many houses, which the enemy had pillaged the day before, and captured some negroes. We found a most respectable man (Captain Smith) and his family still living on their place, but subject to the threats, annoyances, robberies, and abuses of these unprincipled foes, who threatened their lives, as well as to burn their property, on the ground of their being secessionists. After leaving his house I addressed a letter to Colonel Phelps, in command at Newport News, calling his attention to this improper and uncivilized conduct, and stating to him that it was not to be expected that the courtesy and humanity that had characterized our treatment of those who had fallen into our hands would continue if such conduct on the part of his officers and men was longer tolerated. I am satisfied this savage and cruel course towards individuals is in pursuance of orders from Washington, and in most case s to the disgust of the respectable portion of the officers, who are obliged to carry them out.
I leave Lieutenant-Colonel Dreux, with his battalion, here, and Stanard's battery, with instructions to fortify his flanks and front, and to hold this position. I am in hopes that the demonstration of force made on this road now will rid the inhabitants, at least for a time, of the presence of the enemy.
The traitors in the neighborhood of Fort Monroe, through which we were compelled to march, no doubt communicated the fact as soon as we passed, for about daylight signal-guns were fired from the fort to give warning to Newport News.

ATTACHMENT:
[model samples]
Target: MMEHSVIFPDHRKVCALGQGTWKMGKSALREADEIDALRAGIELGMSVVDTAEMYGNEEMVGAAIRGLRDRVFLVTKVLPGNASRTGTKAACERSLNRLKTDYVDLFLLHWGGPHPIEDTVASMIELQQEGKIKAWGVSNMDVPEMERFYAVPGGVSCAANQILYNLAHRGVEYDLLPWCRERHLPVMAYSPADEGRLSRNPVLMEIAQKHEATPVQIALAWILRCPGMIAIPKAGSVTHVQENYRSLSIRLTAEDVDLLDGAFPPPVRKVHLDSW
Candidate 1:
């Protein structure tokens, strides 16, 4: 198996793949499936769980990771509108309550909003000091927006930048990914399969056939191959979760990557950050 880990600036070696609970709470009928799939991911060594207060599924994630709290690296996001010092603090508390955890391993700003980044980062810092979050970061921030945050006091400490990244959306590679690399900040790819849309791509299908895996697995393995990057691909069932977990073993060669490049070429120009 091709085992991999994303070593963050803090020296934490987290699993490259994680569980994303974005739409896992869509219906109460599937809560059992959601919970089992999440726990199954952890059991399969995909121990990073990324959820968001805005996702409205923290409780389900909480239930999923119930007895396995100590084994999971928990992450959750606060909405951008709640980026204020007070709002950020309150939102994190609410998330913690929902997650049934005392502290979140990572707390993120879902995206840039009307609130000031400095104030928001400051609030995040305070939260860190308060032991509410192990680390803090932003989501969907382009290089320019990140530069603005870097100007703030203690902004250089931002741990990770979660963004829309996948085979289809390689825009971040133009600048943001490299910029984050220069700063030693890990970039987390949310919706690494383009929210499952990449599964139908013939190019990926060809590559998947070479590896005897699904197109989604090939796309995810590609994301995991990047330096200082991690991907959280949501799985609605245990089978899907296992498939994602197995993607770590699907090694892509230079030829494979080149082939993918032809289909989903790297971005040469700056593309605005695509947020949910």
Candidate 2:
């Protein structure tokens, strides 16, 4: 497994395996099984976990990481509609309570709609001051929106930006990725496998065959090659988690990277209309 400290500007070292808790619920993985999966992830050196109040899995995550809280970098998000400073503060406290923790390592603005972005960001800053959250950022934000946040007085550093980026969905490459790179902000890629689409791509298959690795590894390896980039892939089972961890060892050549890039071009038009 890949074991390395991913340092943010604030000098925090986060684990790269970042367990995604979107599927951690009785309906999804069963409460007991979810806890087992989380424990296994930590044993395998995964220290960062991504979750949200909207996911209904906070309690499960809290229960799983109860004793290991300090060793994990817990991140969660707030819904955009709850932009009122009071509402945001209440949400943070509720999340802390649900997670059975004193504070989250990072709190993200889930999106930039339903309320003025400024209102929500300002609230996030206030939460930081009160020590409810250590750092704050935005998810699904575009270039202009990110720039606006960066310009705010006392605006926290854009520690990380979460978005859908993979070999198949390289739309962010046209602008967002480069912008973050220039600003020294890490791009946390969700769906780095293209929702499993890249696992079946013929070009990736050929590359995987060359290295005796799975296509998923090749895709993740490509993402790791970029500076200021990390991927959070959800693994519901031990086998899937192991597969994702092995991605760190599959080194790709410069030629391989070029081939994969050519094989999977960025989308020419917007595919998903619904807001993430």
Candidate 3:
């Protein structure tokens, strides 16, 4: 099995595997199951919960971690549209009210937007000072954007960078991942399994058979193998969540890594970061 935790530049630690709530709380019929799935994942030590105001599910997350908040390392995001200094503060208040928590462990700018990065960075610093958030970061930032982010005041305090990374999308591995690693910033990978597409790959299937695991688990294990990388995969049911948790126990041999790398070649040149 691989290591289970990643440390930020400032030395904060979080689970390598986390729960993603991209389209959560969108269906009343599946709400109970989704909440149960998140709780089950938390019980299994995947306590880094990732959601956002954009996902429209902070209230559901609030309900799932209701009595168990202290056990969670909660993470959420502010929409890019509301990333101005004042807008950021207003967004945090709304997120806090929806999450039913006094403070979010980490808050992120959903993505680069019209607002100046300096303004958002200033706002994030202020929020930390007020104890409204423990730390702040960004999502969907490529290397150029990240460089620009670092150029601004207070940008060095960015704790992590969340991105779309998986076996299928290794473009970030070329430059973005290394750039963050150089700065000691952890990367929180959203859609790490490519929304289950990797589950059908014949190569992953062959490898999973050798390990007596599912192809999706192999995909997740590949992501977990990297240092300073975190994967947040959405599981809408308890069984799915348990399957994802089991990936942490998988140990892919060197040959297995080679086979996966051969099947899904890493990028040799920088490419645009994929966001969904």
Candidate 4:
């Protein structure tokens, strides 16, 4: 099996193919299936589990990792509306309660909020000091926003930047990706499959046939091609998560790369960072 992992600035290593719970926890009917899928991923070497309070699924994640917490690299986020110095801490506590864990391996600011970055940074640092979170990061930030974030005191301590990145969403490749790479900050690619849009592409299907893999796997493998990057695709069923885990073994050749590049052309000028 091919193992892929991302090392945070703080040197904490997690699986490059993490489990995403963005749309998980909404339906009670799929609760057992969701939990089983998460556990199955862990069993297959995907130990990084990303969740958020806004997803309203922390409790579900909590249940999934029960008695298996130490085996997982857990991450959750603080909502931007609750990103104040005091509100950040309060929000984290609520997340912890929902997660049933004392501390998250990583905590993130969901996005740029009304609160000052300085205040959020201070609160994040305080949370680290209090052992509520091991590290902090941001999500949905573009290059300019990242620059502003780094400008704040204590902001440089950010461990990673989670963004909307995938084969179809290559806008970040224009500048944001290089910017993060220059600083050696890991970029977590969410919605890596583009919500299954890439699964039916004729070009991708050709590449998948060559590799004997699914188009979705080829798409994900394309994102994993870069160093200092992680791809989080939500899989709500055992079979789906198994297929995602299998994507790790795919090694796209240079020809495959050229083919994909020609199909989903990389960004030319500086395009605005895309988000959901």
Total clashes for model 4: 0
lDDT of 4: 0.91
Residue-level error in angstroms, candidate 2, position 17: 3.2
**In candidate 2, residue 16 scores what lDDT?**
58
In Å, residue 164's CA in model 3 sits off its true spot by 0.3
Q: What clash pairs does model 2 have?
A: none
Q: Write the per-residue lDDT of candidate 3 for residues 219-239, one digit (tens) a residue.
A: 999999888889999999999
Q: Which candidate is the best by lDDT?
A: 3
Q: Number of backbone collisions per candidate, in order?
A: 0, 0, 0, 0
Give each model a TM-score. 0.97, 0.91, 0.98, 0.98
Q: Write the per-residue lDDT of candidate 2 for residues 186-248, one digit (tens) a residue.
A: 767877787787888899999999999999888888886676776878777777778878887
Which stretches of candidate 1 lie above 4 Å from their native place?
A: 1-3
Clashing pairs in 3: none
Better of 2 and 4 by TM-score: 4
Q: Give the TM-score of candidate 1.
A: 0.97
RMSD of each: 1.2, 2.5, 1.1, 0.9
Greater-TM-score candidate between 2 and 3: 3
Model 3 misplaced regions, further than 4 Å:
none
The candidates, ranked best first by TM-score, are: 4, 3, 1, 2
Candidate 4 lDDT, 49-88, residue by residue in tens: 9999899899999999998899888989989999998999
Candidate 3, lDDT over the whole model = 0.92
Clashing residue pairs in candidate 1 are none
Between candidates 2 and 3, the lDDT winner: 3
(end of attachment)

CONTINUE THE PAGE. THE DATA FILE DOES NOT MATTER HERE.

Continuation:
I am, sir, very respectfully, your obedient servant,
J. BANKHEAD MAGRUDER,
P. S.-I leave for Williamsburg, via Yorktown, to-morrow morning.
Richmond, Va., June 30, 1861.
Brigadier General T. H. HOLMES, C. S. A.,
Commanding, &c., Fredericksburg, Va.:
GENERAL: I have received your letter of the 28th instant,* inclosing the report of Colonel Ruggles, in reference to Mathias Point. You will perceive, by my letter to you in reference to the erection of a battery, which you proposed at Evansport, that the establishment of one at Mathias Point cannot be decided on until you ascertain which point is the most preferable. I have, however, requested three 9-inch columbiads, with their carriages, ammunition, &c., to be forwarded to you, that you may have them in readiness for whichever point may be determined on. While this matter is undecided, I would recommend that you adopt such measures as may be in your power to allay the apprehensions of the enemy as to the occupation by us of either point. Before breaking ground at the point that yo may select for the battery, it will be necessary to have everything in readiness for its speedy construction and a sufficient covering force prepared for its protection. I will endeavor to send you another regiment as soon as one is available, and have to request that you will endeavor to recruit your force from volunteers of the surrounding counties.
R. E. LEE,
61 R R-VOL II